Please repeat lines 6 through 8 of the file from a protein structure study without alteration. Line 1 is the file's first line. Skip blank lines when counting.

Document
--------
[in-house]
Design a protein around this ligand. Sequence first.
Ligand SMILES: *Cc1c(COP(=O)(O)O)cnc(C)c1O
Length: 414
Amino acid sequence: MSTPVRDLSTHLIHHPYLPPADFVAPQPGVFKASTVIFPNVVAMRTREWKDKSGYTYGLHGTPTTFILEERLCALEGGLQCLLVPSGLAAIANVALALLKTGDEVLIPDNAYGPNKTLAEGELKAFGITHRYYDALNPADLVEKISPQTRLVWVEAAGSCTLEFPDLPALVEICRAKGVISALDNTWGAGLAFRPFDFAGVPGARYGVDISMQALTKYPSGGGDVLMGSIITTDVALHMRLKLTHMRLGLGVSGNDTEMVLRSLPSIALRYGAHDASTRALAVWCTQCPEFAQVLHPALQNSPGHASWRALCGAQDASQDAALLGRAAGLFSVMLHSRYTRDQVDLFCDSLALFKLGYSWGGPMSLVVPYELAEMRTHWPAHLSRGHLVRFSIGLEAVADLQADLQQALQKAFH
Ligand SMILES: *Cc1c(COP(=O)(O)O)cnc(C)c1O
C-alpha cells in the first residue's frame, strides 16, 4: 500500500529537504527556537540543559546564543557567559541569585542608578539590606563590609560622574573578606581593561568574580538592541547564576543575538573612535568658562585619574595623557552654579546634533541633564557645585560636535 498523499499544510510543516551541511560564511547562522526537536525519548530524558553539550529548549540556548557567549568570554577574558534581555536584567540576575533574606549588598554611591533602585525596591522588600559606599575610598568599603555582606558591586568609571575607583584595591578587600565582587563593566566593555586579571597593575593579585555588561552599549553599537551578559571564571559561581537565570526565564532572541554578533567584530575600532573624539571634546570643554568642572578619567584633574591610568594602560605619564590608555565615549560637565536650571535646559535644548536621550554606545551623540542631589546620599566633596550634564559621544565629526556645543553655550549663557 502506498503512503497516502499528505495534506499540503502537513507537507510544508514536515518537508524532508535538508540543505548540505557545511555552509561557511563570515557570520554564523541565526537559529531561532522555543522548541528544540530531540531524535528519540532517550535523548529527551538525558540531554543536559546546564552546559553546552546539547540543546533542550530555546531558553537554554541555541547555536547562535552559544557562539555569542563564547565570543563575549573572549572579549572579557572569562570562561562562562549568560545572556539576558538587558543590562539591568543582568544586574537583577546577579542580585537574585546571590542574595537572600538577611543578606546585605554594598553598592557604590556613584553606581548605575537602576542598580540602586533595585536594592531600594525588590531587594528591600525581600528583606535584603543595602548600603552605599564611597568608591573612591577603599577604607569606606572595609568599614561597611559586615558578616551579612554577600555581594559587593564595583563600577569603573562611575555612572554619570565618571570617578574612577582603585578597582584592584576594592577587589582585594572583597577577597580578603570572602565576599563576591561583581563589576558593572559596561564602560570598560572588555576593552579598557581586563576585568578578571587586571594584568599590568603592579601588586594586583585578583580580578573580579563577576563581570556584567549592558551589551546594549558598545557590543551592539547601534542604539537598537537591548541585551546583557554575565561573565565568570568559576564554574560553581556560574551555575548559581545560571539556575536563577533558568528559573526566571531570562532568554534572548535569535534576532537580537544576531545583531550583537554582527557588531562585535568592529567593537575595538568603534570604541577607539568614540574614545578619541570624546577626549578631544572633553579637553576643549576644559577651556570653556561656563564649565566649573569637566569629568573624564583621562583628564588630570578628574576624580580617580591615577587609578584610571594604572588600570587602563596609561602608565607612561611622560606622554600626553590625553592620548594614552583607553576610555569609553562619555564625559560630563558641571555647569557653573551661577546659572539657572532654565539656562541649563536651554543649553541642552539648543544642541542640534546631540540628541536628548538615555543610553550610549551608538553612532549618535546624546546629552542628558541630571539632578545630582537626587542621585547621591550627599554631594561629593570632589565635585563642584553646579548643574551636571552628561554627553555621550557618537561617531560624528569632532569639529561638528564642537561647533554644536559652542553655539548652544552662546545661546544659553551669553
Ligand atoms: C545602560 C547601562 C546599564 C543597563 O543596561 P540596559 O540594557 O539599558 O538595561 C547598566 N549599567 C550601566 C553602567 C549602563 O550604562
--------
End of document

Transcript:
Ligand SMILES: *Cc1c(COP(=O)(O)O)cnc(C)c1O
C-alpha cells in the first residue's frame, strides 16, 4: 500500500529537504527556537540543559546564543557567559541569585542608578539590606563590609560622574573578606581593561568574580538592541547564576543575538573612535568658562585619574595623557552654579546634533541633564557645585560636535 498523499499544510510543516551541511560564511547562522526537536525519548530524558553539550529548549540556548557567549568570554577574558534581555536584567540576575533574606549588598554611591533602585525596591522588600559606599575610598568599603555582606558591586568609571575607583584595591578587600565582587563593566566593555586579571597593575593579585555588561552599549553599537551578559571564571559561581537565570526565564532572541554578533567584530575600532573624539571634546570643554568642572578619567584633574591610568594602560605619564590608555565615549560637565536650571535646559535644548536621550554606545551623540542631589546620599566633596550634564559621544565629526556645543553655550549663557 502506498503512503497516502499528505495534506499540503502537513507537507510544508514536515518537508524532508535538508540543505548540505557545511555552509561557511563570515557570520554564523541565526537559529531561532522555543522548541528544540530531540531524535528519540532517550535523548529527551538525558540531554543536559546546564552546559553546552546539547540543546533542550530555546531558553537554554541555541547555536547562535552559544557562539555569542563564547565570543563575549573572549572579549572579557572569562570562561562562562549568560545572556539576558538587558543590562539591568543582568544586574537583577546577579542580585537574585546571590542574595537572600538577611543578606546585605554594598553598592557604590556613584553606581548605575537602576542598580540602586533595585536594592531600594525588590531587594528591600525581600528583606535584603543595602548600603552605599564611597568608591573612591577603599577604607569606606572595609568599614561597611559586615558578616551579612554577600555581594559587593564595583563600577569603573562611575555612572554619570565618571570617578574612577582603585578597582584592584576594592577587589582585594572583597577577597580578603570572602565576599563576591561583581563589576558593572559596561564602560570598560572588555576593552579598557581586563576585568578578571587586571594584568599590568603592579601588586594586583585578583580580578573580579563577576563581570556584567549592558551589551546594549558598545557590543551592539547601534542604539537598537537591548541585551546583557554575565561573565565568570568559576564554574560553581556560574551555575548559581545560571539556575536563577533558568528559573526566571531570562532568554534572548535569535534576532537580537544576531545583531550583537554582527557588531562585535568592529567593537575595538568603534570604541577607539568614540574614545578619541570624546577626549578631544572633553579637553576643549576644559577651556570653556561656563564649565566649573569637566569629568573624564583621562583628564588630570578628574576624580580617580591615577587609578584610571594604572588600570587602563596609561602608565607612561611622560606622554600626553590625553592620548594614552583607553576610555569609553562619555564625559560630563558641571555647569557653573551661577546659572539657572532654565539656562541649563536651554543649553541642552539648543544642541542640534546631540540628541536628548538615555543610553550610549551608538553612532549618535546624546546629552542628558541630571539632578545630582537626587542621585547621591550627599554631594561629593570632589565635585563642584553646579548643574551636571552628561554627553555621550557618537561617531560624528569632532569639529561638528564642537561647533554644536559652542553655539548652544552662546545661546544659553551669553
Ligand atoms: C545602560 C547601562 C546599564 C543597563 O543596561 P540596559 O540594557 O539599558 O538595561 C547598566 N549599567 C550601566 C553602567 C549602563 O550604562